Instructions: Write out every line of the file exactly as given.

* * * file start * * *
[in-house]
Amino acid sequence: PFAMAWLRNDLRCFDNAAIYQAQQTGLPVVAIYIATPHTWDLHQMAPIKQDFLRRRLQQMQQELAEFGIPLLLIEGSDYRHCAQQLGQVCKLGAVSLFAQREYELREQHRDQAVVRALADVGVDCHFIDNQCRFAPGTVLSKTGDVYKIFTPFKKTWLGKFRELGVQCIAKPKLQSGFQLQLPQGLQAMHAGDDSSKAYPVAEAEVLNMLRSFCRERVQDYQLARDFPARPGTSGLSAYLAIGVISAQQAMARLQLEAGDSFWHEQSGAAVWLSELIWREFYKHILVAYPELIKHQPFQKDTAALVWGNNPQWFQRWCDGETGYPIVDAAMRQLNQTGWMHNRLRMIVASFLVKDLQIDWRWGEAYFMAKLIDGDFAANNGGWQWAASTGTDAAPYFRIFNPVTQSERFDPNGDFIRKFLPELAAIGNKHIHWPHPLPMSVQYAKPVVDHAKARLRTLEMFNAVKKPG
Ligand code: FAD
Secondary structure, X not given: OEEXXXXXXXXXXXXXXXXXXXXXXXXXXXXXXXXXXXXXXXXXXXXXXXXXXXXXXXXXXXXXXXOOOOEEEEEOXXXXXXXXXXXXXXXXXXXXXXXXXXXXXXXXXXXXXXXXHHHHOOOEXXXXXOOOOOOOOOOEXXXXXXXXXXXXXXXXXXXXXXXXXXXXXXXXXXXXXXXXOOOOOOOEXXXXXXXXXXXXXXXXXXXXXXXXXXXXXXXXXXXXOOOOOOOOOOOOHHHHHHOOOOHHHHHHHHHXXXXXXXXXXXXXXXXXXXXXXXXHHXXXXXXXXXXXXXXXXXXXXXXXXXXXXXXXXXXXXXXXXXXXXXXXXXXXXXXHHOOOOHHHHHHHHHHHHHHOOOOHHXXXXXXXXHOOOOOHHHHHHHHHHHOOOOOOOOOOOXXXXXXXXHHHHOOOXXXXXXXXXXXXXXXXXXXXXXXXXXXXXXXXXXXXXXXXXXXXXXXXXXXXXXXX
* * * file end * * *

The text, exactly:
[in-house]
Amino acid sequence: PFAMAWLRNDLRCFDNAAIYQAQQTGLPVVAIYIATPHTWDLHQMAPIKQDFLRRRLQQMQQELAEFGIPLLLIEGSDYRHCAQQLGQVCKLGAVSLFAQREYELREQHRDQAVVRALADVGVDCHFIDNQCRFAPGTVLSKTGDVYKIFTPFKKTWLGKFRELGVQCIAKPKLQSGFQLQLPQGLQAMHAGDDSSKAYPVAEAEVLNMLRSFCRERVQDYQLARDFPARPGTSGLSAYLAIGVISAQQAMARLQLEAGDSFWHEQSGAAVWLSELIWREFYKHILVAYPELIKHQPFQKDTAALVWGNNPQWFQRWCDGETGYPIVDAAMRQLNQTGWMHNRLRMIVASFLVKDLQIDWRWGEAYFMAKLIDGDFAANNGGWQWAASTGTDAAPYFRIFNPVTQSERFDPNGDFIRKFLPELAAIGNKHIHWPHPLPMSVQYAKPVVDHAKARLRTLEMFNAVKKPG
Ligand code: FAD
Secondary structure, X not given: OEEXXXXXXXXXXXXXXXXXXXXXXXXXXXXXXXXXXXXXXXXXXXXXXXXXXXXXXXXXXXXXXXOOOOEEEEEOXXXXXXXXXXXXXXXXXXXXXXXXXXXXXXXXXXXXXXXXHHHHOOOEXXXXXOOOOOOOOOOEXXXXXXXXXXXXXXXXXXXXXXXXXXXXXXXXXXXXXXXXOOOOOOOEXXXXXXXXXXXXXXXXXXXXXXXXXXXXXXXXXXXXOOOOOOOOOOOOHHHHHHOOOOHHHHHHHHHXXXXXXXXXXXXXXXXXXXXXXXXHHXXXXXXXXXXXXXXXXXXXXXXXXXXXXXXXXXXXXXXXXXXXXXXXXXXXXXXHHOOOOHHHHHHHHHHHHHHOOOOHHXXXXXXXXHOOOOOHHHHHHHHHHHOOOOOOOOOOOXXXXXXXXHHHHOOOXXXXXXXXXXXXXXXXXXXXXXXXXXXXXXXXXXXXXXXXXXXXXXXXXXXXXXXX